What Can (and Can't) Be Negotiated in the Mortgage Process
When it comes to finding the best mortgage, it can pay to shop around.
"Many times consumers take the first deal offered to them," says Doug Lebda, founder and chief executive of LendingTree. "They don't realize shopping around and negotiating are the ways to get the best deal."
Home buyers can expect a lot of fixed fees and costs associated with getting a mortgage like the appraisal and running a credit report, but outside of those third-party fees, there is some room wiggle room to negotiate.
"You can't negotiate fees from the lender, but sometimes you can get the mortgage broker to waive the application fee or the processing fee," says Patti Frank, vice president at Americana Mortgage. "Banks have to be equal to everybody. They can't give this guy a break on certain fees and not the other guy." While getting a mortgage broker to waive the application fee or processing fee may seem miniscule -- every little bit helps. According to Frank, both fees can cost anywhere from $200 to $500.
For buyers worried about the amount of money needed at closing, they can reduce costs if they find a bank that isn't escrowing real estate taxes and homeowners insurance, suggests Frank. Often lenders will escrow six months of real estate taxes and three to four months of home owners insurance premiums, which could add up to a large sum on top of all the other costs.
Buyers can also reduce their costs by paying attention to the markets, particularly the yield on the 10- year Treasury bond, according to Steve Boyd, senior loan officer at Americana Mortgage Group. %VIRTUAL-article-sponsoredlinks%If the bond yield drops 15 basis points, he says chances are the borrower will be able to lock in a one-eighth better rate on their loan. "A lot of loan officers aren't watching that closely," says Boyd. "That can be a significant amount of money."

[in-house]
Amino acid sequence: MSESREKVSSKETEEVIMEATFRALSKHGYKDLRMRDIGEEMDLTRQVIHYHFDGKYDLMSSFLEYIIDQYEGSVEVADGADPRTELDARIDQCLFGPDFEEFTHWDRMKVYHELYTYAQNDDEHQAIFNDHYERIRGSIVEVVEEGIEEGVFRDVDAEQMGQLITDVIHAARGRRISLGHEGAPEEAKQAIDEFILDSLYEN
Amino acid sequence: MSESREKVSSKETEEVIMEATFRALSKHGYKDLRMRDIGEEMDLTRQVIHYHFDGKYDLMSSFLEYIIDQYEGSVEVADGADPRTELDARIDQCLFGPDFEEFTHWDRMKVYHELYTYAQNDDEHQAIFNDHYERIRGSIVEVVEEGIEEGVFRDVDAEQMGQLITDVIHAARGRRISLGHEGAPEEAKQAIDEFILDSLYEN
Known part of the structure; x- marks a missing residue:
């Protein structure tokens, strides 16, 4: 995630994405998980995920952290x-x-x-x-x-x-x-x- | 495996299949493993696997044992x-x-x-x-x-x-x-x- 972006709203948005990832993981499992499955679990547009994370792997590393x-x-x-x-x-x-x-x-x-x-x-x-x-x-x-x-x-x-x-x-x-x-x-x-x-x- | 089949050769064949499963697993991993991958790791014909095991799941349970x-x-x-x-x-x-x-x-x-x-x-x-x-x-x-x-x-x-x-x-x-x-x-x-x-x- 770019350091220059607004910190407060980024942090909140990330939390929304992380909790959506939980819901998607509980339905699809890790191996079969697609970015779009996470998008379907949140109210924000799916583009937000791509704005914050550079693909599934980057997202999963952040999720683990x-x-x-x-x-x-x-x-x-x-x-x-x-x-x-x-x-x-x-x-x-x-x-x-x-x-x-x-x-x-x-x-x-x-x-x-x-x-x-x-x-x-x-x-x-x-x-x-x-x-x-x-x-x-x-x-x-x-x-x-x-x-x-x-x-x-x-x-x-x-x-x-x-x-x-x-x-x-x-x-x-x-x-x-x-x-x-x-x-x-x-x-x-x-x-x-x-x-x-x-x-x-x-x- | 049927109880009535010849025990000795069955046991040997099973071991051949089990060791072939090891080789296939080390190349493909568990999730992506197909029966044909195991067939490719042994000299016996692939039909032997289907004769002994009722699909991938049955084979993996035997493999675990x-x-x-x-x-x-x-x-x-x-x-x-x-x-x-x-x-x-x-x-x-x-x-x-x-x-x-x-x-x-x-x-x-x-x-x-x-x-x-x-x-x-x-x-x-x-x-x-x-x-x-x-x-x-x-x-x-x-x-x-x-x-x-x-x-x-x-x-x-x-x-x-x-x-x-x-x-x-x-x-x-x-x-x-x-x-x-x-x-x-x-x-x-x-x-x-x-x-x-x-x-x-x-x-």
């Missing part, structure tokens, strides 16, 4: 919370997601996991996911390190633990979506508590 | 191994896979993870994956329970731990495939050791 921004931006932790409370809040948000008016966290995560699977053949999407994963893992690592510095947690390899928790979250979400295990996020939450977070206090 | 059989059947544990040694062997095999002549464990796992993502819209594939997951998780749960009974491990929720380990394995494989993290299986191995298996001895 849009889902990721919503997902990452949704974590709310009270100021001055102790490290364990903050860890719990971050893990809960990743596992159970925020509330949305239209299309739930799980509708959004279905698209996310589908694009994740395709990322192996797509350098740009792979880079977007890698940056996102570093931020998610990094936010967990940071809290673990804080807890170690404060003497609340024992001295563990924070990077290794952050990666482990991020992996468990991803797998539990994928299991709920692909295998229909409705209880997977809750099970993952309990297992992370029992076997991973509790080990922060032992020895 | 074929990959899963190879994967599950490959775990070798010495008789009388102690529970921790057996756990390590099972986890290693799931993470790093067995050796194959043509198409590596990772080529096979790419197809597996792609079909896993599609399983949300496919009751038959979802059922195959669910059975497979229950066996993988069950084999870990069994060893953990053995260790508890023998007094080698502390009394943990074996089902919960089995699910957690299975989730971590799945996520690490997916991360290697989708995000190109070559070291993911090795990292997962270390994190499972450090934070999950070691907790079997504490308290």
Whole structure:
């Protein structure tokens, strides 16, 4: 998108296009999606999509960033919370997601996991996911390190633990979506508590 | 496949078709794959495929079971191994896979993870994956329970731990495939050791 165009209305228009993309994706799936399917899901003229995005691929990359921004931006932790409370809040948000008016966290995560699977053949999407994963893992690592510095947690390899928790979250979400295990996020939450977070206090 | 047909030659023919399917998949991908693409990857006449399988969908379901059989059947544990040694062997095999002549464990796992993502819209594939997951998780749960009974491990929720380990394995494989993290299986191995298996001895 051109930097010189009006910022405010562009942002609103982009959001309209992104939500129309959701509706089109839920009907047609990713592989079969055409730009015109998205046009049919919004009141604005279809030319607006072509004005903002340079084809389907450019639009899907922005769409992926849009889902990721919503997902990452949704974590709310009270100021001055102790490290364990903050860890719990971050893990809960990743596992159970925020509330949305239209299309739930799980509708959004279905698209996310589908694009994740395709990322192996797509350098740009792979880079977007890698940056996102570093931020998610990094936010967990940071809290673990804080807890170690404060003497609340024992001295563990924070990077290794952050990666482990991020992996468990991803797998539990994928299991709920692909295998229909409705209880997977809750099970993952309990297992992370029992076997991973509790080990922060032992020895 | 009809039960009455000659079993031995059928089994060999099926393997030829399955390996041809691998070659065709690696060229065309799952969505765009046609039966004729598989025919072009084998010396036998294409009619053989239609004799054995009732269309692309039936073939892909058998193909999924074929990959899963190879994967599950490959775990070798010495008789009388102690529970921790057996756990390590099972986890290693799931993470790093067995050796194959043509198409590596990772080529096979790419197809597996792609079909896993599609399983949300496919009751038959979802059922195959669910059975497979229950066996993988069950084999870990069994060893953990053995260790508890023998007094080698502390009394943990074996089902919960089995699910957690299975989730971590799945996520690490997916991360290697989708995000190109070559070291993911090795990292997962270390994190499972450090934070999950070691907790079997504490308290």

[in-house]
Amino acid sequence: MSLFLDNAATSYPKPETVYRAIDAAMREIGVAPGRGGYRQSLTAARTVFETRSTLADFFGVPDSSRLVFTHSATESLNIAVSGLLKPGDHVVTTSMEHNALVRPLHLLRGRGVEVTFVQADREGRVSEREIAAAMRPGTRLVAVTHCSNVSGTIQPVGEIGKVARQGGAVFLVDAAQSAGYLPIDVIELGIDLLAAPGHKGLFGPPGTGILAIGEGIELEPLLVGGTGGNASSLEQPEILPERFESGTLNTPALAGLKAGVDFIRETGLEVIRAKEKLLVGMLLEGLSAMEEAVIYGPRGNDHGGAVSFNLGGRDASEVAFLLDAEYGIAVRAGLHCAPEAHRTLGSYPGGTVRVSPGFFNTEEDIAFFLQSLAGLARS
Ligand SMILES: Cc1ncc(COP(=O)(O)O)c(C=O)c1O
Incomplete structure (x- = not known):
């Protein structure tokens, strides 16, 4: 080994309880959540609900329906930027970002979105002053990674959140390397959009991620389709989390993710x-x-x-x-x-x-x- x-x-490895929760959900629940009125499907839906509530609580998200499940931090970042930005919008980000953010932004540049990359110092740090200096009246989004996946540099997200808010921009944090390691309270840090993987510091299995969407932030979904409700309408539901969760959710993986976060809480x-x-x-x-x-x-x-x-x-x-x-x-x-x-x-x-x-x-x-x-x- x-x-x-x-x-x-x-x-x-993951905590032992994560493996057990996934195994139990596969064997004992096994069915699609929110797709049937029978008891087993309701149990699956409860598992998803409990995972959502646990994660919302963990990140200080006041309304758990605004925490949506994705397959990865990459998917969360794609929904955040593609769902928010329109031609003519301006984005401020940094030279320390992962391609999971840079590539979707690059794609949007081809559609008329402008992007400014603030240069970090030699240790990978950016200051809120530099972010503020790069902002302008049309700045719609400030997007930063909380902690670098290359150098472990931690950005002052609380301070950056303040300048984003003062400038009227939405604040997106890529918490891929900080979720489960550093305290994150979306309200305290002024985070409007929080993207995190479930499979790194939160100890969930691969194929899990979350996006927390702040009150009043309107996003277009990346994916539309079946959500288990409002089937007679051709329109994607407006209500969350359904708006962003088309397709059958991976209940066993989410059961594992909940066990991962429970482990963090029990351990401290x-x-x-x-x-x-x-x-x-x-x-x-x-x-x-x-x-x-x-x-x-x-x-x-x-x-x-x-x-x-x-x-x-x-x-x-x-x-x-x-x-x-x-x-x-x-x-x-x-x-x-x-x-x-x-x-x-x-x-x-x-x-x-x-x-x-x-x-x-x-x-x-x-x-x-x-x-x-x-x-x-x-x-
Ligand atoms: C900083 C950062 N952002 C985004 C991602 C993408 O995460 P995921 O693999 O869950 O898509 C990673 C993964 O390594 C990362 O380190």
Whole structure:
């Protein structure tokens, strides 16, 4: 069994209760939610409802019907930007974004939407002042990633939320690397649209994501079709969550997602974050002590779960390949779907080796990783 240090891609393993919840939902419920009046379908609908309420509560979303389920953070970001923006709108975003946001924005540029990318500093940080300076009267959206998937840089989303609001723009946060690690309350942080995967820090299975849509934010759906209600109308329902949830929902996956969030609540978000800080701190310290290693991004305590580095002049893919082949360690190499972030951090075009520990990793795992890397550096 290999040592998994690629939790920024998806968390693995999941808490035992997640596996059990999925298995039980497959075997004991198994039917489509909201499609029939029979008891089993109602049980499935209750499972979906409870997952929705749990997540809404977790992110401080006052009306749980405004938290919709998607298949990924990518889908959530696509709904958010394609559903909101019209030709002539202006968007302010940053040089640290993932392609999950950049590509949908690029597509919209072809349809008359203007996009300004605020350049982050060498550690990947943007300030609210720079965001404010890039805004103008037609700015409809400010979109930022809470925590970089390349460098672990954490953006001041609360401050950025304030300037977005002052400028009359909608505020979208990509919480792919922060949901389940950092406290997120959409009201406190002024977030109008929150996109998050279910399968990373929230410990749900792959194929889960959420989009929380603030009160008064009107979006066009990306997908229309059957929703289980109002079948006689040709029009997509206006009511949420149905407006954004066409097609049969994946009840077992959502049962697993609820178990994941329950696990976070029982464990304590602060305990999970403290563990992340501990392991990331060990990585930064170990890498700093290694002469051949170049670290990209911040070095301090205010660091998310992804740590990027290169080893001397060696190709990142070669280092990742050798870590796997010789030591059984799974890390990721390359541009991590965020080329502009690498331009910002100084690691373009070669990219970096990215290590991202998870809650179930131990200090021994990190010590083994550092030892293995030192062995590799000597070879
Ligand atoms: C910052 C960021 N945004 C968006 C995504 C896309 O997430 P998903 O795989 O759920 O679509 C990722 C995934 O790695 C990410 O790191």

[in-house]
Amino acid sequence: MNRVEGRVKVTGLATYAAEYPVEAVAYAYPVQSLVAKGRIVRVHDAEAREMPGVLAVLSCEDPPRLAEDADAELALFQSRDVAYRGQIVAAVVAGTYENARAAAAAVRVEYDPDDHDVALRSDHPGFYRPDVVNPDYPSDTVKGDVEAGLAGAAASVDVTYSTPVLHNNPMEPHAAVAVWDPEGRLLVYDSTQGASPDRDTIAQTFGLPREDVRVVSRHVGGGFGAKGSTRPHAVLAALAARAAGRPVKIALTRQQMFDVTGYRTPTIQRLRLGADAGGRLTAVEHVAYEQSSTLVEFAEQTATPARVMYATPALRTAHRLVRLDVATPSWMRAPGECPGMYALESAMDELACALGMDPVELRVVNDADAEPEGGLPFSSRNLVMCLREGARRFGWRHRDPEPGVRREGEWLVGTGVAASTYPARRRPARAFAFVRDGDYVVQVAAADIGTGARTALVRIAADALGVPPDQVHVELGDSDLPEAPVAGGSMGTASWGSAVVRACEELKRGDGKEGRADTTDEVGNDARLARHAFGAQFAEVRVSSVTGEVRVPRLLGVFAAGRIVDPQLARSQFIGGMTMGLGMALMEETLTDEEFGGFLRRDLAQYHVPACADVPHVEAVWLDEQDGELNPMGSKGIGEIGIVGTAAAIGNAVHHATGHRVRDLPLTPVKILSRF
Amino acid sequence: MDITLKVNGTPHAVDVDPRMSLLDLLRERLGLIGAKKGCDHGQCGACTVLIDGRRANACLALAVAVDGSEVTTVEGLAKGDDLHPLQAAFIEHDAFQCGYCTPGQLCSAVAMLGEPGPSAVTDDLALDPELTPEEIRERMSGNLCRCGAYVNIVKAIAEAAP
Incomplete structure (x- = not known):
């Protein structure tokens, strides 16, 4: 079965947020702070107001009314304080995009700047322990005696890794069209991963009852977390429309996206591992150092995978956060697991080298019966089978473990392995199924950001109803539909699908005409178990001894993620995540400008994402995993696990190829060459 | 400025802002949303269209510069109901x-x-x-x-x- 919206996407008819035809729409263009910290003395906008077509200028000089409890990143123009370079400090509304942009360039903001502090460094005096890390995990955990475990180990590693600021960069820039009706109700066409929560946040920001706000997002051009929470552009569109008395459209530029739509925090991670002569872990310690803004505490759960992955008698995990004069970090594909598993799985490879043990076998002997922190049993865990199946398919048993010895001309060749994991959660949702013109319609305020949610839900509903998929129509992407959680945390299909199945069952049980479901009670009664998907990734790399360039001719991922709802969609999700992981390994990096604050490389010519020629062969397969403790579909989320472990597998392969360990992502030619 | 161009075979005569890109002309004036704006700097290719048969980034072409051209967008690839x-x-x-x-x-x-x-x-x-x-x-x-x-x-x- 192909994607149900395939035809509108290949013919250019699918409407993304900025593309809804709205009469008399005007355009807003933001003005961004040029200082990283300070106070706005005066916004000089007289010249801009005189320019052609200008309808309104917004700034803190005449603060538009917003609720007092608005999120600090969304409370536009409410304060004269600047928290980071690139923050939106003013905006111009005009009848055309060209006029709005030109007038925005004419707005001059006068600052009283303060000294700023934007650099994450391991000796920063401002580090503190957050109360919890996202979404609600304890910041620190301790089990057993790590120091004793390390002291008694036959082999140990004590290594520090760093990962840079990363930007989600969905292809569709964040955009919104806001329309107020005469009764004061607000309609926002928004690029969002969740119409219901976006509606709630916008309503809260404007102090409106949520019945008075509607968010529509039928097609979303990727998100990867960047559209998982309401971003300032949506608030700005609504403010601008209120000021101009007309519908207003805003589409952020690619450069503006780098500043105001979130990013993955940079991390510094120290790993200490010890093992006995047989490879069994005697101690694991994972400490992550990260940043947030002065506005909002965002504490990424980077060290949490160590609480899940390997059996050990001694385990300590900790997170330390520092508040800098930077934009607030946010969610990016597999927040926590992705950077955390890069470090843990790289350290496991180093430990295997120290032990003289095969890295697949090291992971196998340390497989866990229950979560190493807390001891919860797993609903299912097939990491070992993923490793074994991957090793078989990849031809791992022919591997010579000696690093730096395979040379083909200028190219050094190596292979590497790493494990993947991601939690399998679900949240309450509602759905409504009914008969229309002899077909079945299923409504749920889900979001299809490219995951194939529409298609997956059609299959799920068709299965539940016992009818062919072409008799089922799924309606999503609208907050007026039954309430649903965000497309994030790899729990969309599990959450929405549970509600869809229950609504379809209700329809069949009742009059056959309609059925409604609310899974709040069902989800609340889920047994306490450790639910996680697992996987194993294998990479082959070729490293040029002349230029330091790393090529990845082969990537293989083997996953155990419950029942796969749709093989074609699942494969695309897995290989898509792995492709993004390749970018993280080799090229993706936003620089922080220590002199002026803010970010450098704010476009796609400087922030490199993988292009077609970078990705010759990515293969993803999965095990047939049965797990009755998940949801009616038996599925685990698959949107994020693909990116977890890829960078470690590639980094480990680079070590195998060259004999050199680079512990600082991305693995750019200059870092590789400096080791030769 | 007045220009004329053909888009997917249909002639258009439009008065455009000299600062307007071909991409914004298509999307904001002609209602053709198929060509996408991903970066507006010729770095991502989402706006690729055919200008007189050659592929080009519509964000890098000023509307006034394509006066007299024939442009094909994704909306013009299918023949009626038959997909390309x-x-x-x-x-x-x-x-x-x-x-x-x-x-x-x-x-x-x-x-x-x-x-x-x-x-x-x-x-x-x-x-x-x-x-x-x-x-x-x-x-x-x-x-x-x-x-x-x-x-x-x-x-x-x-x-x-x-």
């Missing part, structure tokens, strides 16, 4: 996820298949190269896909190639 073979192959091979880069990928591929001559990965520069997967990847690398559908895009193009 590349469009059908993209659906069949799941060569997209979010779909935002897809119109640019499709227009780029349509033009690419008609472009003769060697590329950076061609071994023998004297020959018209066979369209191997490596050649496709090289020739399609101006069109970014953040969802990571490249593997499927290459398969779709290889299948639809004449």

Another area to save in the home-buying process is with attorney fees. Attorneys charge differently: some bill by the hour while others offer a flat fee. Because the prices can vary, mortgage experts recommend calling several lawyers and getting their rates and what's included before deciding on who to work with at closing.
According to Lebda, the total closing costs should be less than 3% to 5% of the purchase price--anything above that may mean the borrower is over paying.
The experts admit negotiating a mortgage is easier said than done because the terms can be so complex and overwhelming for the borrower.
To start, Lebda suggests borrowers ask a variety of lenders for a good faith estimate to find the best rate. A good faith estimate will lay out all the costs associated with the mortgage and the buyers should review each estimate line by line and see what can be negotiated.
Lebda says the following fees are areas of negotiation: service, processing, underwriting, document and even currier charges. "Most consumers are intimated and feel they are at an information disadvantage," he says. "If you talk to multiple lenders you can get the best loan for you."